The Abbot heard Padraig’s story through without comment, his eyes blazing under their shaggy brows. If any one but Brother Basil had asked him to stay his hand, he would not have given two thoughts to it, but it was Brother Basil, and the matter must be considered.
“These men,” he said grimly, “are outlaws, red-handed robbers. They have broken the law of God and man. They deserve justice, not mercy.”
“If they can be caught,” ventured Padraig.
“You think they cannot be taken?”
Padraig shook his head. “I stood as near them as I am to you, and I did not see them until they wished to be seen. They run like foxes and climb like cats. They will be killed or kill themselves, every man and woman of them, rather than be taken. Were it not better they should live like christened souls than be hunted like beasts?”
The Abbot rose and began to pace the floor. “Go, my son,” he said not unkindly, “and send Simon, the steward, to me.”
But Simon was not to be found. Brother Mark, the librarian, being of a distrustful disposition, had been asking many questions of late regarding the parchments prepared for the scriptorium. Simon had perhaps taken fright. He had not returned, in any case, from the nearest market-town, whither he had gone that morning. When it was found that everything upon which he could lay his hands had gone with him, some of the brethren were inclined to think the whole werewolf panic an invention of the steward’s to hide his thieving. Padraig went to the foot of the cliff, accompanied by two men with a hurdle, and found Brother Basil safe and in good spirits, but neither wolf, wolfling nor wolf-man was to be seen. Not so much as the sound of a wolf’s howling was heard about the sheep-folds, and shepherds and sheep-dogs tended the lambs that spring undisturbed. There were those who said that the werewolves had been driven away by the prayers of Brother Basil when he visited the forest. After awhile a legend grew up and was told to the Welsh clerk Giraldus, about a werewolf who met a priest in the forest and begged him to give Christian aid and comfort to his dying mate. The story goes that the priest remained all night conversing with the unfortunate man, who behaved rather as a man than as a wolf.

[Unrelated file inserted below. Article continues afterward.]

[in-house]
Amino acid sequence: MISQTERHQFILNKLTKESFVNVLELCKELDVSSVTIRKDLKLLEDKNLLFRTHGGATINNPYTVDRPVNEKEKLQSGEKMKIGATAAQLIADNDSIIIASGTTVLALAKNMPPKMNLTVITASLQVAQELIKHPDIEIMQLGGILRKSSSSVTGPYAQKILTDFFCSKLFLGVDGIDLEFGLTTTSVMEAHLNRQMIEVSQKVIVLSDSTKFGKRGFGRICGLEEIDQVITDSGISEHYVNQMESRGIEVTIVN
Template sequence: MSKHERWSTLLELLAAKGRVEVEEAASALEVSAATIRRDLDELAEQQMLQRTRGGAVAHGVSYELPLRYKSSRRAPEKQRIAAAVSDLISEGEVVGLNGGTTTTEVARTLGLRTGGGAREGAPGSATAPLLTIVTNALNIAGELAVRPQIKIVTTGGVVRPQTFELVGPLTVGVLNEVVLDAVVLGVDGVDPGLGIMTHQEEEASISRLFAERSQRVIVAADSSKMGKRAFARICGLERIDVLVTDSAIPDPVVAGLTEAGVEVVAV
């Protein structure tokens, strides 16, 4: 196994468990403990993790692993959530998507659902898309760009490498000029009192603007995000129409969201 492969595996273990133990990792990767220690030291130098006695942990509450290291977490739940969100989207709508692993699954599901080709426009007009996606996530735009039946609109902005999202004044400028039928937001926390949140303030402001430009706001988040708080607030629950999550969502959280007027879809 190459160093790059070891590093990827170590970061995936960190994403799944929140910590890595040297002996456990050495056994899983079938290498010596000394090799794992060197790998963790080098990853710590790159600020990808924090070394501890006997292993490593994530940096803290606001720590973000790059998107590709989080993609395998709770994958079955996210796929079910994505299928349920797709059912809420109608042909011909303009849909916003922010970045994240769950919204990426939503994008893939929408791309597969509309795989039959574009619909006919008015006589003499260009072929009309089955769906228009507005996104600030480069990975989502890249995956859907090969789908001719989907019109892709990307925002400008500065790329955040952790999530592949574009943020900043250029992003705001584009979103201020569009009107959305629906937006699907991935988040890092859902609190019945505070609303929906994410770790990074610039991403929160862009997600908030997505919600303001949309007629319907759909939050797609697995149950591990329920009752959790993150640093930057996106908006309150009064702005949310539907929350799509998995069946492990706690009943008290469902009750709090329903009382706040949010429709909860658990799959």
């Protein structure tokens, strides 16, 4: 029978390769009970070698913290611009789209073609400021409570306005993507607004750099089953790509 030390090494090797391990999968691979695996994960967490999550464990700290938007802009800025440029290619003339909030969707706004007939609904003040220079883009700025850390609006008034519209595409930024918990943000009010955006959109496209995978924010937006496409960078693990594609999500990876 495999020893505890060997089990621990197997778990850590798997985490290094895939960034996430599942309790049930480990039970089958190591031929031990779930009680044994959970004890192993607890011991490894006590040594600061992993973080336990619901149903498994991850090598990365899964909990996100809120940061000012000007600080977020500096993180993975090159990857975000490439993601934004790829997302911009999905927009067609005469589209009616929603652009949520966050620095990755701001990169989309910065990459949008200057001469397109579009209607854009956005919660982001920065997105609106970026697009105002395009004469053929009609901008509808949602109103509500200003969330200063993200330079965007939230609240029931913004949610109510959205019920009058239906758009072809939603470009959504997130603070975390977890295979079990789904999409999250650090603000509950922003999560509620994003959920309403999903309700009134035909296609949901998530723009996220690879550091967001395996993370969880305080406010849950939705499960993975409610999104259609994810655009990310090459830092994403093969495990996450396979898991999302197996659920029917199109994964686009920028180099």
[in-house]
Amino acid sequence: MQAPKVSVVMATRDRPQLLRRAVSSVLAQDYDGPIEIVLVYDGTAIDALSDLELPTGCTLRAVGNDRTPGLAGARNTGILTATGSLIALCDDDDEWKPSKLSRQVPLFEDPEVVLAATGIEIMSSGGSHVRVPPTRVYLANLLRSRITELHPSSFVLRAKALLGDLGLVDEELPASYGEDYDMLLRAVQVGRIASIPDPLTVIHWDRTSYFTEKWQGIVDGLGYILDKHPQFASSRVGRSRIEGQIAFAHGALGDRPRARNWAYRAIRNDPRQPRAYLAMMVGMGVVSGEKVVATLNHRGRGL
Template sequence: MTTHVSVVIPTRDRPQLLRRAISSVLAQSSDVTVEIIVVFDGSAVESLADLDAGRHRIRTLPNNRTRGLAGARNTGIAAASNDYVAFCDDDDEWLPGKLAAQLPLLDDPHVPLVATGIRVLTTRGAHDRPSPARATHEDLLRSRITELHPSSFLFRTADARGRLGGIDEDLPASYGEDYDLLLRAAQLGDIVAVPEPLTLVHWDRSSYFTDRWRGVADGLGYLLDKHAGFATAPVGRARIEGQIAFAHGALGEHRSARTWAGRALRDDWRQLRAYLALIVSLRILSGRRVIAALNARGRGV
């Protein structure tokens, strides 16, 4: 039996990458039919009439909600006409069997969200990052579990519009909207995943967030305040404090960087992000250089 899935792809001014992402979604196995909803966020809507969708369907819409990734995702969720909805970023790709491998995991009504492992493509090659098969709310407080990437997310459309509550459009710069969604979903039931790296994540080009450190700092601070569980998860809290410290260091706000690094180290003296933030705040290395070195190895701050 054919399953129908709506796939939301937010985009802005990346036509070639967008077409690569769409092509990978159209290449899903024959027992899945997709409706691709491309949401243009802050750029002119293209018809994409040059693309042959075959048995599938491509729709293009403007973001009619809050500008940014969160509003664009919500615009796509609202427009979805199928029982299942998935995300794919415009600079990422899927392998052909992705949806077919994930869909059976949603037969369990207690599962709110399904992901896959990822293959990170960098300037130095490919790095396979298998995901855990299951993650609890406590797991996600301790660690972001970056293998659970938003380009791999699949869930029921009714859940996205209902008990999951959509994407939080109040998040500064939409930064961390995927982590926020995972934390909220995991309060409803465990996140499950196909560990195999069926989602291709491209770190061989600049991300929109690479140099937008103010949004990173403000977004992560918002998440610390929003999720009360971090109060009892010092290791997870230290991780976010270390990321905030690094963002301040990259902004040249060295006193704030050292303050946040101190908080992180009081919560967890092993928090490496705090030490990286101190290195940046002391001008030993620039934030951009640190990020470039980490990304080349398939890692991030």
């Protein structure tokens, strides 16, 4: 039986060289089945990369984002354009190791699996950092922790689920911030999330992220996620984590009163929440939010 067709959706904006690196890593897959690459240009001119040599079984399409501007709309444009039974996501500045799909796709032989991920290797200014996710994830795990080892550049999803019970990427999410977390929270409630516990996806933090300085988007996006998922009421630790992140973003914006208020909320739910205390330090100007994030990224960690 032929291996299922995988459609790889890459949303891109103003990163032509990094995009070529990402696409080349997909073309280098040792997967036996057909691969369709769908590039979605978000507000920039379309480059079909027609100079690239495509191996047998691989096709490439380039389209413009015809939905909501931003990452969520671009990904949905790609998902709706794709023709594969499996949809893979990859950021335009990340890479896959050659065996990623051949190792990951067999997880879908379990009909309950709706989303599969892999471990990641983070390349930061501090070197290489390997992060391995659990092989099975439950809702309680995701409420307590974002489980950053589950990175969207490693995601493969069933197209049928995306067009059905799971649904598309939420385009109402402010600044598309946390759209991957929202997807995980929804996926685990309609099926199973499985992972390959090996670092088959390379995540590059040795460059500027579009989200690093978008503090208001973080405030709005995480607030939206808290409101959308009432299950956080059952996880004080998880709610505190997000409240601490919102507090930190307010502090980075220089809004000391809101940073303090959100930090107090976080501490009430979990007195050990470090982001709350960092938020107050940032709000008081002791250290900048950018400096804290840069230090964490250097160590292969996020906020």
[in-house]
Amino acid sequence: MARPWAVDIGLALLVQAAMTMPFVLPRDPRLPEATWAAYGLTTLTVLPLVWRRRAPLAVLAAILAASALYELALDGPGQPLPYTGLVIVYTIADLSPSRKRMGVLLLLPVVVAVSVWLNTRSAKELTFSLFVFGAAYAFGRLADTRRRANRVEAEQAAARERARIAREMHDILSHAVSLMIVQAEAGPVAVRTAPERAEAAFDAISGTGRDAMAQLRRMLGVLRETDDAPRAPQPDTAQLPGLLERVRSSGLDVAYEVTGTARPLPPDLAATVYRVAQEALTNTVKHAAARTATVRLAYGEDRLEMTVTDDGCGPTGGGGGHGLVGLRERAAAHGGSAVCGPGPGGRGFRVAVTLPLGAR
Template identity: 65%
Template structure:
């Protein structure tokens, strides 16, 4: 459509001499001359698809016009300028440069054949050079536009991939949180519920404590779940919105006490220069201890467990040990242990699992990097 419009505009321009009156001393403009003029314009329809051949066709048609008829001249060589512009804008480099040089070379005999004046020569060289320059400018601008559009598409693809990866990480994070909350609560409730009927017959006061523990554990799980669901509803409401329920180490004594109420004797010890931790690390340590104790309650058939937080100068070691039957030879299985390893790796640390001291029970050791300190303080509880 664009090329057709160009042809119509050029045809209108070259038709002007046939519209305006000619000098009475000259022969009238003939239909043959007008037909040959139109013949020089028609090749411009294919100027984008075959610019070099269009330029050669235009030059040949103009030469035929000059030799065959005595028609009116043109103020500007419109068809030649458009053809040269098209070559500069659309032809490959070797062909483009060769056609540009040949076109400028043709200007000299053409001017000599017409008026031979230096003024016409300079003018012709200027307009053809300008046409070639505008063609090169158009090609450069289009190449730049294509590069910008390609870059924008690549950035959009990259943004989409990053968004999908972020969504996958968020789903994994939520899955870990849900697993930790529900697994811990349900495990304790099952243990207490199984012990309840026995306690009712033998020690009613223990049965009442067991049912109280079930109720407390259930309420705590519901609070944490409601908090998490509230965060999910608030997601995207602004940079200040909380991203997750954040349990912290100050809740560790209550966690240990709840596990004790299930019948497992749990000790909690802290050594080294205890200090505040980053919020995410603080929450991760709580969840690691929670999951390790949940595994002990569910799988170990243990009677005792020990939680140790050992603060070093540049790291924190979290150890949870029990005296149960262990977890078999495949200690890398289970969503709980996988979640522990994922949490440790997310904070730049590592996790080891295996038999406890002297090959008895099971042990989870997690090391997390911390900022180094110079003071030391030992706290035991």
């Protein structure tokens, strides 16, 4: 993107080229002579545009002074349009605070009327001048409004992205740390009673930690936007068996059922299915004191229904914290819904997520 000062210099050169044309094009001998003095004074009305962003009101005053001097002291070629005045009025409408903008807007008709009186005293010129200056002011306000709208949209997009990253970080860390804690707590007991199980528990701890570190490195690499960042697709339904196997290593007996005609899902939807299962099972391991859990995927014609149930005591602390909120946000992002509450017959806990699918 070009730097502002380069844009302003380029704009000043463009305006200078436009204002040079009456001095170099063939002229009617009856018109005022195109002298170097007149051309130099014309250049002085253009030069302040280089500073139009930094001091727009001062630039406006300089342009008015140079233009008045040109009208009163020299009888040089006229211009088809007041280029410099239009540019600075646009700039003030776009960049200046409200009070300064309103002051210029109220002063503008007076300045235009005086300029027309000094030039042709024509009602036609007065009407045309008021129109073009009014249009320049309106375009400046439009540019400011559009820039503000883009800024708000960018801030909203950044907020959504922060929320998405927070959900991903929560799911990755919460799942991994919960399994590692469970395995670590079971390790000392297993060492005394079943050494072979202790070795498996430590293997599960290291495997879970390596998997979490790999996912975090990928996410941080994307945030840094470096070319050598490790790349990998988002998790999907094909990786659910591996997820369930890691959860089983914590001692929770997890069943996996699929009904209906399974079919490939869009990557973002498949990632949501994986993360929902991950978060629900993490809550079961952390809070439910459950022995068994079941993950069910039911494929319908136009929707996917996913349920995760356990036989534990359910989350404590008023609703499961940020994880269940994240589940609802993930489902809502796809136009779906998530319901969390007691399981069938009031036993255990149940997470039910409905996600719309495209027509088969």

When spring stirred the travel on the Irish roads a party of forest folk appeared one day at the Abbey and asked for baptism. Their children had, it appeared, grown up in the wilderness without knowledge of religion. Such things were not unheard of in those days, and after baptism the party went down to the seaport and took ship for England, where they lived for some years in the service of a Norman knight, Hugh l’Estrange. When finally a sort of peace was patched up in Ireland between the Normans and the Irish chiefs, Ruric and his folk returned. But no more was heard of the wolves of Ossory.